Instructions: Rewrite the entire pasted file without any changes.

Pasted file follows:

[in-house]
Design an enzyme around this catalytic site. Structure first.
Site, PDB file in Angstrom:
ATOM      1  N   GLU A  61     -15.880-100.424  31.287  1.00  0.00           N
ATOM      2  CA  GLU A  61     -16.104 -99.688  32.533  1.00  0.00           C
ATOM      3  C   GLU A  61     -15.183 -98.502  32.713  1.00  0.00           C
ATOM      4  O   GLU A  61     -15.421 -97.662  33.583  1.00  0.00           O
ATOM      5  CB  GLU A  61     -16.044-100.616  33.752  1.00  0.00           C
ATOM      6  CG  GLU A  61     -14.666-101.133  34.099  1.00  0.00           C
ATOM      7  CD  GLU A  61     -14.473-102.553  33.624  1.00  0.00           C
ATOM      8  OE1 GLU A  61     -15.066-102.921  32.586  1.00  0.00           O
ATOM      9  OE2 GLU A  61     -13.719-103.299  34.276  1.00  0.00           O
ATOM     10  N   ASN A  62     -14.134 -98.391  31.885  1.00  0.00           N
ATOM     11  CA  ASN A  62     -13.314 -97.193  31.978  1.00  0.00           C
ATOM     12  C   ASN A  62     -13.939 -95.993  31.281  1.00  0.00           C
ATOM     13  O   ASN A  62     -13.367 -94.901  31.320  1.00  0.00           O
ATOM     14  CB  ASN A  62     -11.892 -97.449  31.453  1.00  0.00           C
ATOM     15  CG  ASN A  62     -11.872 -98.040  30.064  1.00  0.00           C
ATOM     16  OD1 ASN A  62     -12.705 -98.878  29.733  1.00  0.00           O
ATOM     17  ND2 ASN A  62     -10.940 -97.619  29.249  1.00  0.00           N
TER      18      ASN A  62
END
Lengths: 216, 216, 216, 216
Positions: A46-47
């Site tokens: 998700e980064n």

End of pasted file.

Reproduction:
[in-house]
Design an enzyme around this catalytic site. Structure first.
Site, PDB file in Angstrom:
ATOM      1  N   GLU A  61     -15.880-100.424  31.287  1.00  0.00           N
ATOM      2  CA  GLU A  61     -16.104 -99.688  32.533  1.00  0.00           C
ATOM      3  C   GLU A  61     -15.183 -98.502  32.713  1.00  0.00           C
ATOM      4  O   GLU A  61     -15.421 -97.662  33.583  1.00  0.00           O
ATOM      5  CB  GLU A  61     -16.044-100.616  33.752  1.00  0.00           C
ATOM      6  CG  GLU A  61     -14.666-101.133  34.099  1.00  0.00           C
ATOM      7  CD  GLU A  61     -14.473-102.553  33.624  1.00  0.00           C
ATOM      8  OE1 GLU A  61     -15.066-102.921  32.586  1.00  0.00           O
ATOM      9  OE2 GLU A  61     -13.719-103.299  34.276  1.00  0.00           O
ATOM     10  N   ASN A  62     -14.134 -98.391  31.885  1.00  0.00           N
ATOM     11  CA  ASN A  62     -13.314 -97.193  31.978  1.00  0.00           C
ATOM     12  C   ASN A  62     -13.939 -95.993  31.281  1.00  0.00           C
ATOM     13  O   ASN A  62     -13.367 -94.901  31.320  1.00  0.00           O
ATOM     14  CB  ASN A  62     -11.892 -97.449  31.453  1.00  0.00           C
ATOM     15  CG  ASN A  62     -11.872 -98.040  30.064  1.00  0.00           C
ATOM     16  OD1 ASN A  62     -12.705 -98.878  29.733  1.00  0.00           O
ATOM     17  ND2 ASN A  62     -10.940 -97.619  29.249  1.00  0.00           N
TER      18      ASN A  62
END
Lengths: 216, 216, 216, 216
Positions: A46-47
């Site tokens: 998700e980064n």